Ad Policy

War or Peace Is the Most Neglected Issue on the November Ballot

But most Americans don’t know it because the media isn’t asking candidates about disarmament, diplomacy, and out-of-control military spending.

John Nichols

States

Exclusive: Texas Governor Greg Abbott Used Covid Aid to Pay for a Border Wall

Texas steered $1 billion in federal pandemic dollars to Operation Lone Star, which was used to hire thousands of guards, expand the wall, and bus migrants out of state.

Barbara Koeppel
Climate Change

Princeton Activists Just Won a Historic Victory for Climate Research

After a decade of student organizing, Princeton made a pledge to divest its endowment and reject fossil fuel money. Will more universities follow?

Chelsey Gilchrist and Claire Kaufman
Nuclear Arms and Proliferation

Not Even Nuclear War Will Stop the Fighting in Ukraine

Kyiv deserves our economic support and military aid, but not American troops or nuclear ambiguity.

Kai Bird and The Nation

Fall Books

I.B. Singer’s Language of Everyday Life

I.B. Singer’s Language of Everyday Life

By choosing to write in Yiddish rather than Hebrew, the young Singer declared his allegiance to the here and now rather than a biblical past or a Zionist future.

Adam Kirsch

Has Labor Become More or Less Powerful Over the Last Two Decades?

Neither Aaron Benanav’s Automation and the Future of Work nor Sarah Jaffe’s Work Won’t Love You Back was written with the pandemic in mind but together they serve as an indispensable guide to the broader dynamics of work in the contemporary moment.

Alyssa Battistoni

The Mixtapes of Hua Hsu

In his new memoir, Stay True, the New Yorker critic offers a coming-of-age story that doubles as a tale about friendship, music, and the politics of knowing oneself.

Summer Kim Lee

Politics

War or Peace Is the Most Neglected Issue on the November Ballot

War or Peace Is the Most Neglected Issue on the November Ballot

But most Americans don’t know it because the media isn’t asking candidates about disarmament, diplomacy, and out-of-control military spending.

John Nichols
Janai Nelson of the NAACP Legal Defense Fund outside the Supreme Court

The Supreme Court Is Ready to Take Down More of the Voting Rights Act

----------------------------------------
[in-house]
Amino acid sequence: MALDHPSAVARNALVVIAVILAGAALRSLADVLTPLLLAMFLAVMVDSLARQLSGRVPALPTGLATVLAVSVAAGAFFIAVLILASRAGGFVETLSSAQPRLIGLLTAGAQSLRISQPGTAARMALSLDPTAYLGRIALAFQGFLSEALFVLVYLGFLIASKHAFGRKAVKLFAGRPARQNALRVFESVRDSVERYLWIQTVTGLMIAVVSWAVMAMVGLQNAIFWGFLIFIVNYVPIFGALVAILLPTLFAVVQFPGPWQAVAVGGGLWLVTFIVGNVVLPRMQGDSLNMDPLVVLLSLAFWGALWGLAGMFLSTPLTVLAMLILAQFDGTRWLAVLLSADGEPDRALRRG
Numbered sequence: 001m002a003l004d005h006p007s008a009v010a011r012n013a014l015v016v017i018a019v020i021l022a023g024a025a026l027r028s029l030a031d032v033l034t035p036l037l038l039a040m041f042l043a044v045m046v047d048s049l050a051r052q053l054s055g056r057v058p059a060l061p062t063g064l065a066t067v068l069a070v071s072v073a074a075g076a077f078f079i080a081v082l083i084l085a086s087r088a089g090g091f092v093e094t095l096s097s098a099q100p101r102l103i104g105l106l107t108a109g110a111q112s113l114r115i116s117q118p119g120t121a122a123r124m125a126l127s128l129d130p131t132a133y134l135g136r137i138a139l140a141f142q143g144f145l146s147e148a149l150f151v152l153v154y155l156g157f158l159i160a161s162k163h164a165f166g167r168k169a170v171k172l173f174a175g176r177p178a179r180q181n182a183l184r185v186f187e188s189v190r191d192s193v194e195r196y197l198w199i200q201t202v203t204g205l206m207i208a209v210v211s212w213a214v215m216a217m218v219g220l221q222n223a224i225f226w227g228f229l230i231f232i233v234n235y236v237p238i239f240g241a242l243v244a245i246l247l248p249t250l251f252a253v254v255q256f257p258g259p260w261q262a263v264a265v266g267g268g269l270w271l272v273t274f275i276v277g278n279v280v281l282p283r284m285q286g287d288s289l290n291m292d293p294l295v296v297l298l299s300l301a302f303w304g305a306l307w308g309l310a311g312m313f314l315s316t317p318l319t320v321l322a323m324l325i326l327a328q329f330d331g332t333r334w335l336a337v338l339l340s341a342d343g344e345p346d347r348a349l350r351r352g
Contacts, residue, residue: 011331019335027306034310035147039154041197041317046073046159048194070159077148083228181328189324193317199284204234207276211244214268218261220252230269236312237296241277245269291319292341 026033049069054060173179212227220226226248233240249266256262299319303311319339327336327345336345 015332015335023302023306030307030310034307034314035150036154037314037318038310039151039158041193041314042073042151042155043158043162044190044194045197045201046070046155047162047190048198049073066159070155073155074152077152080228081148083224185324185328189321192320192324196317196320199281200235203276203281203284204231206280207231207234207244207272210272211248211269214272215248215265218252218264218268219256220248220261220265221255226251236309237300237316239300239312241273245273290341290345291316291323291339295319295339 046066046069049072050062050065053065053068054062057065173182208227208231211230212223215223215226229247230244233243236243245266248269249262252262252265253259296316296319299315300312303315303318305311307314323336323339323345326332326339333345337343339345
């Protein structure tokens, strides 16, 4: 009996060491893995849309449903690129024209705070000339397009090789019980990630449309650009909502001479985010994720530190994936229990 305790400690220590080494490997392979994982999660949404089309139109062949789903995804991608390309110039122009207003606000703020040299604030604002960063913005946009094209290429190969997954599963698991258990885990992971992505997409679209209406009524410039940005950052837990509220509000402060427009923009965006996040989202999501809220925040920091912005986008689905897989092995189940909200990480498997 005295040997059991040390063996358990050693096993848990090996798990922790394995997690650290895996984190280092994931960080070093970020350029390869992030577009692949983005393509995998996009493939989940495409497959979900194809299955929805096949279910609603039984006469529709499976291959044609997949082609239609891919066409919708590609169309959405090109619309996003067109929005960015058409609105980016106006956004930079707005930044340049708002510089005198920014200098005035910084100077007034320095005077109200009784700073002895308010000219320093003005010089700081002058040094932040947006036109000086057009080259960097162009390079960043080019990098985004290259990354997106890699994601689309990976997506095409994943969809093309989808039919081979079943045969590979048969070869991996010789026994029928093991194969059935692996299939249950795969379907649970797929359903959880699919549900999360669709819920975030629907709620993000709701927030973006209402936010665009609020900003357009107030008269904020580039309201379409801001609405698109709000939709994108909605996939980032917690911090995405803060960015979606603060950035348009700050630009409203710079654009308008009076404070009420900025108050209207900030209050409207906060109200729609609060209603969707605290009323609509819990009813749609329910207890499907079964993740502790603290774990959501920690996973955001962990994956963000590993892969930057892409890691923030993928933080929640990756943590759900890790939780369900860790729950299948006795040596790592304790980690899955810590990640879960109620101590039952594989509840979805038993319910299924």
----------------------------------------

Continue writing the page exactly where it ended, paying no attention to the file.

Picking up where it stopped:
Make no mistake: The racist redistricting map preferred by Alabama Republicans will win the day. But how the court gets to that decision is an open and important matter.

Elie Mystal
Hyde Reminds Us That Abortion Is an Economic Justice Issue

Hyde Reminds Us That Abortion Is an Economic Justice Issue

On the 46th anniversary of the Hyde Amendment, 2022 midterm candidates would do well to remember that abortion is an economic justice issue.

Atima Omara

The Nation Weekly

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Culture

Do Sanctions Work?

Do Sanctions Work?

A new history examines their use in the past and considers their effectiveness for the future.

James Stafford
Riotsville, U.S.A

How the Police Became an Occupying Army

Riotsville, U.S.A. documents the origins and rise of what the activist George Jackson called the “the corporate-military-police complex.”

Yasmina Price
Thulani Davis’s Freedom Visions

Thulani Davis’s Freedom Visions

Her new history of the Civil War and Reconstruction examines the ways in which Black Americans formed networks of self-reliance in their pursuit of emancipation.

Elias Rodriques

World

Ukrainian soldiers adjust flag

Not Even Nuclear War Will Stop the Fighting in Ukraine

Kyiv deserves our economic support and military aid, but not American troops or nuclear ambiguity.

Kai Bird and The Nation
Prime Minister Liz Truss looks forward wearing a hard hat and safety glasses.

British Prime Minister Liz Truss Is No Margaret Thatcher

The Tory leader’s pledge to deliver neoliberal “shock therapy” brought her own party conference to the brink of open revolt.

Steve Howell
Mahsa Amini and the Women of Iran

Mahsa Amini and the Women of Iran

Twenty-two-year-old Mahsa Amini died in police custody after being arrested by the “morality police” for improperly wearing a hijab. Her murder sparkled an ongoing series of protests in Iran and around the world.

Andrea Arroyo, Nasrin Sheykhi and Emanuele Del Rosso

Watch and Listen

Listen: Luke Savage on the Strange Endurance of Neoliberalism

On this week’s episode of The Time of Monsters, a discussion of the zombie survival of the centrist consensus.

Yesterday 5:00 am

Listen: Can Democrats Hold the Senate? Plus: Ken Burns’s “The U.S. and the Holocaust"

On this week’s episode of the Start Making Sense podcast, John Nichols comments on the future of the Senate, and David Nasaw reviews a new documentary.

September 29, 2022

Listen: Bhaskar Sunkara on Bernie in 2024, Plus Chris Lehmann on the “Brooks Brothers Riot”

On this week’s episode of Start Making Sense, The Nation’s president and its D.C. Bureau chief join the podcast for discussions on the democratic presidential bid and a Republican riot that preceded the Capitol insurrection by two decades.

September 22, 2022
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